In the Chinese texts we must form each text into a semantic unit. However they are not found as such in the CBETA source, which is organized by juan, not actual text. It seems that doing so exposes some weakness in our parallels data. Here is an example.
Here is the source code from http://tripitaka.cbeta.org/T04n0211_003 for the juncture of t211.30-t211.31
</p> <a name="0599c19" id="0599c19"></a> <a pin_name="30 地獄品"></a> <a pin_name=""></a> <a pin_name="31 象品"></a> <p style="margin-left: 2em"> <span class="headname">法句譬喻經象品第三十一</span> </p> <a name="0599c20" id="0599c20"></a> <a pin_name="31 象品"></a> <p style="text-indent: 0em; margin-left: 0em"> <span class="linehead">[0599c20] </span>
I’ve put each tag on a separate line for clarity, but apart from that this is exactly what they have.
There’s a lot of cruft here, so removing that for clarity and using proper heading, we come closer to the markup used on SC:
</p> <a id="0599c19"></a> <a pin_name="30 地獄品"></a> <a pin_name="31 象品"></a> <h1>法句譬喻經象品第三十一</h1> <a id="0599c20"></a> <a pin_name="31 象品"></a> <p> <span class="linehead">[0599c20] </span>
So we create a juncture between the texts as marked here with the “pin_name”. Pin is Chinese for vagga. The first pin-name marks the end of the previous vagga, while the following pin_name marks the beginning of the next vagga. As you can see, it’s not very clear, but mostly it works okay.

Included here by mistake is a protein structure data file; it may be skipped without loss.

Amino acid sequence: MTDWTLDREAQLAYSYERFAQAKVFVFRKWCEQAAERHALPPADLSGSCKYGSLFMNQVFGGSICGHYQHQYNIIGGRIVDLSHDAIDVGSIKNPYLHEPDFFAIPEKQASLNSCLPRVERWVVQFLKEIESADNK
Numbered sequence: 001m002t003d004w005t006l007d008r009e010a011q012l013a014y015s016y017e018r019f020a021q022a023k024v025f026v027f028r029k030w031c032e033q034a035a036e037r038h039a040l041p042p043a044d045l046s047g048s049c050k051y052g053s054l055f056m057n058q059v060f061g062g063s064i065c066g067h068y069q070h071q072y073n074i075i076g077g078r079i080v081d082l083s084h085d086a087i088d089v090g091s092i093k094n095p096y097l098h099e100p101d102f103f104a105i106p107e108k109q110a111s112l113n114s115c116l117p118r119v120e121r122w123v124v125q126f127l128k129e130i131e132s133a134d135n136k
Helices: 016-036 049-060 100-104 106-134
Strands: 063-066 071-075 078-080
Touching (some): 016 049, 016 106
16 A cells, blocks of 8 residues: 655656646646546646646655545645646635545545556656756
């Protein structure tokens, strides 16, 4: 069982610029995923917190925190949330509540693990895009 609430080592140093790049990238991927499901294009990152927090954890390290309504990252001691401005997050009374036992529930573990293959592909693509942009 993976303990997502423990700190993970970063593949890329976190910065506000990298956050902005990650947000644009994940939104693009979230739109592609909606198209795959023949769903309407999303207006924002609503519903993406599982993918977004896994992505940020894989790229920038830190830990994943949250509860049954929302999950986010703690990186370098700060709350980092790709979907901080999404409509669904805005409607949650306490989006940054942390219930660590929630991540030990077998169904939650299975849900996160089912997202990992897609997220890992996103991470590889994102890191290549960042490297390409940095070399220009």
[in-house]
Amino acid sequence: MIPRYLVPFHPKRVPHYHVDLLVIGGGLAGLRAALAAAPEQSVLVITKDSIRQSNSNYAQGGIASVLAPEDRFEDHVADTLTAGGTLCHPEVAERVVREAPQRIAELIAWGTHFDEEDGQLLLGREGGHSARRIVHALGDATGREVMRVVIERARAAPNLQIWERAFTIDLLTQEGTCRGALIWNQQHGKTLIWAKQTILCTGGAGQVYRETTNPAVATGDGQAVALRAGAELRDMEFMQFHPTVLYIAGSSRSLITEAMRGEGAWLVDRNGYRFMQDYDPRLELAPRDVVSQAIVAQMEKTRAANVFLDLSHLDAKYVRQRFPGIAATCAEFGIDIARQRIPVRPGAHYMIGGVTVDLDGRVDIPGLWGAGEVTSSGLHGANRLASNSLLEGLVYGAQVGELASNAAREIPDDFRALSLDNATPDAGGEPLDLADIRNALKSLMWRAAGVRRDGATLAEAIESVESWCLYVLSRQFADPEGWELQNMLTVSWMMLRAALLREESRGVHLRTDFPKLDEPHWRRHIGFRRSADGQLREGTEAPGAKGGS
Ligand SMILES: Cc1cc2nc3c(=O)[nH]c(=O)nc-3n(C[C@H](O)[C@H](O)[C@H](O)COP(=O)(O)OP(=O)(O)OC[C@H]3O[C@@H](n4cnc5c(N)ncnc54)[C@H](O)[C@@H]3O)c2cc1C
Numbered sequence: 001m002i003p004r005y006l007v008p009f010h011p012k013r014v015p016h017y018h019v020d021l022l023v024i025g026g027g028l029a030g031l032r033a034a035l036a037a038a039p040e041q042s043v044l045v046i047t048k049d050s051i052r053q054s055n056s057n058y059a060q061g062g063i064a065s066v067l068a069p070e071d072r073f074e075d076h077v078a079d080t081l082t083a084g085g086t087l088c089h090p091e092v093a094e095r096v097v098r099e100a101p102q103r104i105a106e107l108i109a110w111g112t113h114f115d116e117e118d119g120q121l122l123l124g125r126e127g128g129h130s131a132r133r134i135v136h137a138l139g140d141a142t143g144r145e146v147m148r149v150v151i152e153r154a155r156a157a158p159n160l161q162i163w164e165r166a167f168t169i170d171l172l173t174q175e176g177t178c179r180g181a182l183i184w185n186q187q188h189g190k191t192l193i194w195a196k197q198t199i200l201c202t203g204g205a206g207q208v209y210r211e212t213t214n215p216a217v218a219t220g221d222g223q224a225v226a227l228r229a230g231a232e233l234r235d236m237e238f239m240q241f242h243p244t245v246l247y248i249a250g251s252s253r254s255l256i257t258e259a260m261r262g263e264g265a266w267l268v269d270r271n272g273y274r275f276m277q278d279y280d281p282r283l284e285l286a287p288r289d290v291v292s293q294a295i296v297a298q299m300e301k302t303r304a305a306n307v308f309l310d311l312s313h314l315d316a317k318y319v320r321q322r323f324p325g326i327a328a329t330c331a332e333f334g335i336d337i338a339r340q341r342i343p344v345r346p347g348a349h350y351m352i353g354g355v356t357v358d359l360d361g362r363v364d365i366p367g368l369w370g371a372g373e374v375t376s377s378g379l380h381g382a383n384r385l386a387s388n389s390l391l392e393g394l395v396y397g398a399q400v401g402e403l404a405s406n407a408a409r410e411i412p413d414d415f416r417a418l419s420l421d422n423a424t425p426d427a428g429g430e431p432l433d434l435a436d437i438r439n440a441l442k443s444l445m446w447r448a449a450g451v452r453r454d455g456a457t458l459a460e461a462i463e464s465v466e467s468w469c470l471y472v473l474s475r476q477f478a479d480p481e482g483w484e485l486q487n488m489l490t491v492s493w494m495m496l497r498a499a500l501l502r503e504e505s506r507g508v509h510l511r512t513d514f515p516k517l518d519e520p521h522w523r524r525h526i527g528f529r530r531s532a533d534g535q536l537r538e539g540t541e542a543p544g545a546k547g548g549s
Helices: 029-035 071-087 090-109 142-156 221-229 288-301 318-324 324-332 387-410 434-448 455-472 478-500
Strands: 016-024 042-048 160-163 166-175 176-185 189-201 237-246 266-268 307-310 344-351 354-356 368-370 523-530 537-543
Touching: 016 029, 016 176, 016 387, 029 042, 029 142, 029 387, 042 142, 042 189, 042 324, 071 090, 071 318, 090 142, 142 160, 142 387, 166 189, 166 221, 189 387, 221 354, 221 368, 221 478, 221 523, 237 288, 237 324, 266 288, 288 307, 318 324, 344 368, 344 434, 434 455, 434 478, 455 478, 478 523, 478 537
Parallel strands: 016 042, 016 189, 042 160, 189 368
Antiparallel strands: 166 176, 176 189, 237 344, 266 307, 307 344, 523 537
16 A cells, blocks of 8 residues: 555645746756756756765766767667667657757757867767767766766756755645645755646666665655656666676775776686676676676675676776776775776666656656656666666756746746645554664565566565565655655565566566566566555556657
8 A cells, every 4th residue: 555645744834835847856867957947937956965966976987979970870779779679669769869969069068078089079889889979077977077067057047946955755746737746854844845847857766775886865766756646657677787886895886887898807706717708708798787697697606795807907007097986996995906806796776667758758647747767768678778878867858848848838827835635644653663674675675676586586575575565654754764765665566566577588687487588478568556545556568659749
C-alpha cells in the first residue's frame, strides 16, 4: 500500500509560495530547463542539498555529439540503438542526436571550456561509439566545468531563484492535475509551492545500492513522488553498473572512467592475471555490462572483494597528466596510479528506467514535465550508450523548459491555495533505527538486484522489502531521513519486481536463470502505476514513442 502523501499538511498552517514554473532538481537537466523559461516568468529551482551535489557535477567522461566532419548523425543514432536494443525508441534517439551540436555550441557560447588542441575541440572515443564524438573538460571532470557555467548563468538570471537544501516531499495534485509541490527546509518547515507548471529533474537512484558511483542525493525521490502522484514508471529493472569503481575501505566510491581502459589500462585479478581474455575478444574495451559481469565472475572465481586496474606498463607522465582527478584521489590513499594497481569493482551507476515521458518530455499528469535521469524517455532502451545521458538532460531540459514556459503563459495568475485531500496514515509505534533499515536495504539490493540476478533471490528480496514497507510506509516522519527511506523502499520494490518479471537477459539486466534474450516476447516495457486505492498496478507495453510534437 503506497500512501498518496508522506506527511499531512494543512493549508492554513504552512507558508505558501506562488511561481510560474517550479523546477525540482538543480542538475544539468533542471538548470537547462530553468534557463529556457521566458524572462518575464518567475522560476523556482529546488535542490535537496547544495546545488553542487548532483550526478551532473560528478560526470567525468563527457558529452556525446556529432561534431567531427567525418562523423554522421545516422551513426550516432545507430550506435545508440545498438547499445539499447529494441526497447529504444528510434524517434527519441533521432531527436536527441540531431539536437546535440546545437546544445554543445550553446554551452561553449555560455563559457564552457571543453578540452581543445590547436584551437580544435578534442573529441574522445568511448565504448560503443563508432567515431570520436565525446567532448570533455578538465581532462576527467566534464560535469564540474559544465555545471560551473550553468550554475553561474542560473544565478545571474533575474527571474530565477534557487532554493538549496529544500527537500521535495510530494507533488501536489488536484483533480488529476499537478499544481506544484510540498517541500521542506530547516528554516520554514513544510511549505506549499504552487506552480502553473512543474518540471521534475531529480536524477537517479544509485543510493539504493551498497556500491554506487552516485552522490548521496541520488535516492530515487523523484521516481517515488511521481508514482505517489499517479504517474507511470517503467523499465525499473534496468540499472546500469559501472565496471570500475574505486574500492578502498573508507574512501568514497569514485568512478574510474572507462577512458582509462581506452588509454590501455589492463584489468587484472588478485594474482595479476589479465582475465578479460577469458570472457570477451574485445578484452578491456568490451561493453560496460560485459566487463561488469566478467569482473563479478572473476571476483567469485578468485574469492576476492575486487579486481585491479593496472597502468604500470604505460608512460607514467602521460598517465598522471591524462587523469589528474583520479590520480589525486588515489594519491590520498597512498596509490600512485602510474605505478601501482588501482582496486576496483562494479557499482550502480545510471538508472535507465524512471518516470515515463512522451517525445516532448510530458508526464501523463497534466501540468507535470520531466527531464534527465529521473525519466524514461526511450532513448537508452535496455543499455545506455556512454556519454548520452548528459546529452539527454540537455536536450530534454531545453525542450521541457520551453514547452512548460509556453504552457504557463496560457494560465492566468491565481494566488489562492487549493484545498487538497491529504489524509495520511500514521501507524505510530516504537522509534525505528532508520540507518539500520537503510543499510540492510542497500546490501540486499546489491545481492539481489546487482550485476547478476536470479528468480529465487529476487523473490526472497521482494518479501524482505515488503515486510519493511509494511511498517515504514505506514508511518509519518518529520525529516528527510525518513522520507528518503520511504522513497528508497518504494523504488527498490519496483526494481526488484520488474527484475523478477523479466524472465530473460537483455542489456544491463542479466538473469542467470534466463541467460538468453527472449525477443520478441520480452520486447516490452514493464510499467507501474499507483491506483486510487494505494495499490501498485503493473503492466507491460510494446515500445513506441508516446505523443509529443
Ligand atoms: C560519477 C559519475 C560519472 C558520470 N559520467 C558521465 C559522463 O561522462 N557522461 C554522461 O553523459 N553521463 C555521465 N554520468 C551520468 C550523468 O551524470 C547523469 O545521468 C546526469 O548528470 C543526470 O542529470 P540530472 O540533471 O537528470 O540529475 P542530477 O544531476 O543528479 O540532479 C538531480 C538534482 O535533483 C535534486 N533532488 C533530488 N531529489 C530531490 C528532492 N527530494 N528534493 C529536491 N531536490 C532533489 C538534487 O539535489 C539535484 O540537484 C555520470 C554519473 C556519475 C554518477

The problem is that in this instance, our parallels data gives the reference as “T 599c19”. With such a fine-grained reference system, it is easy to see how a line number could drift like this. If we’re referencing the “native” CBETA file, it’s not such a problem, as we can easily see that what is meant is the beginning of the next text. However once the texts are split the line number now refers to an entirely different text.
Notice that this is case of the “overlapping hierachies” problem which is one of the issues that standoff properties are intended to resolve.
In this case it will be best if our data agrees with the now-universal text of CBETA. We should investigate to see how widespread this problem is and whether there is a simple programmatic fix.
In this case, the problem could be fixed by doing this:
- Look for the reference
- Scan ahead to find the next t-linehead
- If the t-linehead is different, change the reference to match it.
Whether this can be applied generally is another matter, of course. I have examined a number of texts. In some cases the line number is in the previous file, as here, in some cases it is exactly the same as the t-linehead, while in still other cases it is in the correct text, but in a line not marked as t-linehead.
Also note that not all texts start with t-linehead; verses, for example, do not, so if a file starts with a verse this will not work.
Pending a more satisfactory fix, we should not rely on the SC Taisho vol/page data to reliably match the exact start of the relevant text.